A left-wing terrorist group known as the Revolutionary Cells claimed responsibility for three bomb attacks in two West German cities today to protest the seven-nation economic summit that opens here Thursday.
The explosions in Cologne and Duesseldorf ripped through offices of the Deutsche Bank, the country's leading bank; the giant chemical firm, Hoechst, and the metal industry's employers association, police said. Nobody was injured in the blasts, which occurred almost simultaneously early this morning.
The fear of terrorist actions during the meeting of seven top leaders of noncommunist industrialized world -- including President Reagan -- has instigated the largest security operation ever undertaken in West Germany, according to officials of Bonn's Interior Ministry.
Up to 10,000 police have been mobilized to seal off Bonn's government quarter, where the summit will take place, from demonstrators and potential assailants.
The Interior Ministry intends to make the airspace above Bonn off-limits to all private planes and has instructed police to bolt down manhole covers to prevent would-be terrorists from intruding into the summit area through the capital's sewer system.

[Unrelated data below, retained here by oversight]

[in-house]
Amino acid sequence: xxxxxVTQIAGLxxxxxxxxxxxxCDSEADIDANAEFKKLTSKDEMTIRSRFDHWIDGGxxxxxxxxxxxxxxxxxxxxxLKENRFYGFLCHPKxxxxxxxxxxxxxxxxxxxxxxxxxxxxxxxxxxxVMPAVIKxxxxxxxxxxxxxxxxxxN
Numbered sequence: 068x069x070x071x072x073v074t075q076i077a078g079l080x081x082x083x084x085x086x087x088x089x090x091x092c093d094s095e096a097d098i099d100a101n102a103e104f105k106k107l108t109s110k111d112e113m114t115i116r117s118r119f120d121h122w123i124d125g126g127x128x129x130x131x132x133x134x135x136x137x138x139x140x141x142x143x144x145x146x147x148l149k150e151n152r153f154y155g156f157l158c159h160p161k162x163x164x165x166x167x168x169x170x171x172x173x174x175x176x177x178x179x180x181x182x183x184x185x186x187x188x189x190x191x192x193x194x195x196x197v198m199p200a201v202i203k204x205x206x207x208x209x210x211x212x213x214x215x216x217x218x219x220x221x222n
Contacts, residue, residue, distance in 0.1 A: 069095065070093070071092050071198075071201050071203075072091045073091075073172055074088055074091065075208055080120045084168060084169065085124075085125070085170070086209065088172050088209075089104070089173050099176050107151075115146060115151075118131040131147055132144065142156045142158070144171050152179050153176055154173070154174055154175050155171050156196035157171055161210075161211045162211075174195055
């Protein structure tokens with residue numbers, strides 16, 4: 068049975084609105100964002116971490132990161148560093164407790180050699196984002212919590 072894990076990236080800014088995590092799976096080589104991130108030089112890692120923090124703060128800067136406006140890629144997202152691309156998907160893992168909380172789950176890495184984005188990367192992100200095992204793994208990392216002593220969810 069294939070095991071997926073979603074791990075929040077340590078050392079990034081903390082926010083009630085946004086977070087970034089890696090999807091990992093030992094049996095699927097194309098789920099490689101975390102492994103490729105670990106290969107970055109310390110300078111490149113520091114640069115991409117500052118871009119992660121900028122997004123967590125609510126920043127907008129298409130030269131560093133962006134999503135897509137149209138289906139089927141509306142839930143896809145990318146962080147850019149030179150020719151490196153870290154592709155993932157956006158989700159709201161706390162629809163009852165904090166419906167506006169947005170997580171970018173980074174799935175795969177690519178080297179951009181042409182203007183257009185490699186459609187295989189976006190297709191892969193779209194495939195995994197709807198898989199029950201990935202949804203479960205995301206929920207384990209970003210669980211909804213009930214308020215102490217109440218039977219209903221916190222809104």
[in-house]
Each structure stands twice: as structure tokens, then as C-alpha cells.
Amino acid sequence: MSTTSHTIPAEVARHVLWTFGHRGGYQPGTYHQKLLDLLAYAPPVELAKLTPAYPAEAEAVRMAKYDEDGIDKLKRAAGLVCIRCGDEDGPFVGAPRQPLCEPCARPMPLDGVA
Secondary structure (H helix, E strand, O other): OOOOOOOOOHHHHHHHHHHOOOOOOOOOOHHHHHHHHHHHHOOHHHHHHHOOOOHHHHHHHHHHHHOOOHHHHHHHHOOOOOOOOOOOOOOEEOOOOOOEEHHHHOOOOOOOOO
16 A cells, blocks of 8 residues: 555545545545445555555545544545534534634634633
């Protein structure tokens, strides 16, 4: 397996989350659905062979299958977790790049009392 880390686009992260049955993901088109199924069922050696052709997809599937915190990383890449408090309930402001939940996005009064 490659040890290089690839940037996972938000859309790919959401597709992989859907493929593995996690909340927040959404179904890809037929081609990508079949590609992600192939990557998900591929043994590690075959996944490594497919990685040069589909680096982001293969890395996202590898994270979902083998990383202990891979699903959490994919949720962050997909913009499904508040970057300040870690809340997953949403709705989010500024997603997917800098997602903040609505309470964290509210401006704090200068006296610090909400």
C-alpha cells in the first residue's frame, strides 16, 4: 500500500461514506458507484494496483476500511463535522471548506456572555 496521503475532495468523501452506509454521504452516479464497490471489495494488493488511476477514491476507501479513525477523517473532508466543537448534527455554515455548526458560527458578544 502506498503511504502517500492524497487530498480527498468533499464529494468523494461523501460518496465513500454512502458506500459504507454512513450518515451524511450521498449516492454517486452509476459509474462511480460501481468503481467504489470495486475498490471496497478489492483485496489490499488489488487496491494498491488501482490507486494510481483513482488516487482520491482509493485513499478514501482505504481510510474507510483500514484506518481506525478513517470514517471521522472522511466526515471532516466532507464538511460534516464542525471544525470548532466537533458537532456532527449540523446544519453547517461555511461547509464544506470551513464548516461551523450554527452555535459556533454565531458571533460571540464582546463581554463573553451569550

A letter was sent to a Cologne newspaper signed by the Revolutionary Cells, a radical left-wing terrorist group known to have connections with the Red Army Faction, which has carried out killings and kidnapings of prominent West German politicians and industrialists.
The message said, "World capital will be uniting to celebrate in the spirit of conquest while social achievements are being undermined with unbelievable effrontery."
Another newspaper in Cologne also received a letter contending that the bombs were detonated in retaliation for what was described as "the plundering of the Third World" by West German banking and business concerns.
Police officials said they were convinced that the claims of responsibility were genuine. The Revolutionary Cells have carried out several acts of sabotage in recent months that have caused extensive damage but no deaths or injuries.
Heinrich Boge, the president of the Federal Criminal Office, said today that the bombings were probably a prelude to further attacks timed to coincide with the summit.
"Violent terrorists and groups sympathetic to them intend to stage further spectacular attacks in order to maximize their propaganda against the western political and economic system," Boge said.
The most likely targets, he added, were people and buildings considered to be "representative of the imperialist system."